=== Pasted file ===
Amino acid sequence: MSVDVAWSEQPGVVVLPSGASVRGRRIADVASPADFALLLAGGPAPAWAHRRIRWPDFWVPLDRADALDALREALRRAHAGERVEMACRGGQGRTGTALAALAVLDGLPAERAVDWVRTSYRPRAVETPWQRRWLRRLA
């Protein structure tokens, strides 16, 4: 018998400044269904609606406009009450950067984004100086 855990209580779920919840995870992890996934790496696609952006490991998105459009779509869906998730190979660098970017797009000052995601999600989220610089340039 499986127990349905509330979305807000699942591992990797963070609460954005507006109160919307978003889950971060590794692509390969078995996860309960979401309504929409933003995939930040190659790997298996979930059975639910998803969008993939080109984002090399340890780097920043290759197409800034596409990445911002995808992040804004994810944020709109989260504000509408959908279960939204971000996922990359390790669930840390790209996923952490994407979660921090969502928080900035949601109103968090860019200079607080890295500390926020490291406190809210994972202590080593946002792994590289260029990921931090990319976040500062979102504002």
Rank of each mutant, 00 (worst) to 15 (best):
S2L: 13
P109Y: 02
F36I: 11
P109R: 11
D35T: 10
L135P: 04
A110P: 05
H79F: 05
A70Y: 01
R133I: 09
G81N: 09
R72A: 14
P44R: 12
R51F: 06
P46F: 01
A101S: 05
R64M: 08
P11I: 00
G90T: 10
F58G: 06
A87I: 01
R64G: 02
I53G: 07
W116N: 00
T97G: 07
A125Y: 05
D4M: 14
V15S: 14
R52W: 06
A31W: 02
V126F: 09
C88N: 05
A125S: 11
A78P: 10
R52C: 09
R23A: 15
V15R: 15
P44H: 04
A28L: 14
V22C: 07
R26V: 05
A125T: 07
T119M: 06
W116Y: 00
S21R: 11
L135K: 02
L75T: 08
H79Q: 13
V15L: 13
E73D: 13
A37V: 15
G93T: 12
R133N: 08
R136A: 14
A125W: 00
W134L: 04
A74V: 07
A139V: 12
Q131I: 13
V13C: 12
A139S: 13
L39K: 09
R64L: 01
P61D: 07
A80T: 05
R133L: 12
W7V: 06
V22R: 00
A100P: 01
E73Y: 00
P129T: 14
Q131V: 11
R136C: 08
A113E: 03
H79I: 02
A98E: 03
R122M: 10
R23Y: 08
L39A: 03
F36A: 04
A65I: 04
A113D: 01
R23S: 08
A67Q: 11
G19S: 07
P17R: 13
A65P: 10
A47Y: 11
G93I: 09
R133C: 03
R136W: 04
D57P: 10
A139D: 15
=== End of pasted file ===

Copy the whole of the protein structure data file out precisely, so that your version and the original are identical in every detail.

Amino acid sequence: MSVDVAWSEQPGVVVLPSGASVRGRRIADVASPADFALLLAGGPAPAWAHRRIRWPDFWVPLDRADALDALREALRRAHAGERVEMACRGGQGRTGTALAALAVLDGLPAERAVDWVRTSYRPRAVETPWQRRWLRRLA
């Protein structure tokens, strides 16, 4: 018998400044269904609606406009009450950067984004100086 855990209580779920919840995870992890996934790496696609952006490991998105459009779509869906998730190979660098970017797009000052995601999600989220610089340039 499986127990349905509330979305807000699942591992990797963070609460954005507006109160919307978003889950971060590794692509390969078995996860309960979401309504929409933003995939930040190659790997298996979930059975639910998803969008993939080109984002090399340890780097920043290759197409800034596409990445911002995808992040804004994810944020709109989260504000509408959908279960939204971000996922990359390790669930840390790209996923952490994407979660921090969502928080900035949601109103968090860019200079607080890295500390926020490291406190809210994972202590080593946002792994590289260029990921931090990319976040500062979102504002």
Rank of each mutant, 00 (worst) to 15 (best):
S2L: 13
P109Y: 02
F36I: 11
P109R: 11
D35T: 10
L135P: 04
A110P: 05
H79F: 05
A70Y: 01
R133I: 09
G81N: 09
R72A: 14
P44R: 12
R51F: 06
P46F: 01
A101S: 05
R64M: 08
P11I: 00
G90T: 10
F58G: 06
A87I: 01
R64G: 02
I53G: 07
W116N: 00
T97G: 07
A125Y: 05
D4M: 14
V15S: 14
R52W: 06
A31W: 02
V126F: 09
C88N: 05
A125S: 11
A78P: 10
R52C: 09
R23A: 15
V15R: 15
P44H: 04
A28L: 14
V22C: 07
R26V: 05
A125T: 07
T119M: 06
W116Y: 00
S21R: 11
L135K: 02
L75T: 08
H79Q: 13
V15L: 13
E73D: 13
A37V: 15
G93T: 12
R133N: 08
R136A: 14
A125W: 00
W134L: 04
A74V: 07
A139V: 12
Q131I: 13
V13C: 12
A139S: 13
L39K: 09
R64L: 01
P61D: 07
A80T: 05
R133L: 12
W7V: 06
V22R: 00
A100P: 01
E73Y: 00
P129T: 14
Q131V: 11
R136C: 08
A113E: 03
H79I: 02
A98E: 03
R122M: 10
R23Y: 08
L39A: 03
F36A: 04
A65I: 04
A113D: 01
R23S: 08
A67Q: 11
G19S: 07
P17R: 13
A65P: 10
A47Y: 11
G93I: 09
R133C: 03
R136W: 04
D57P: 10
A139D: 15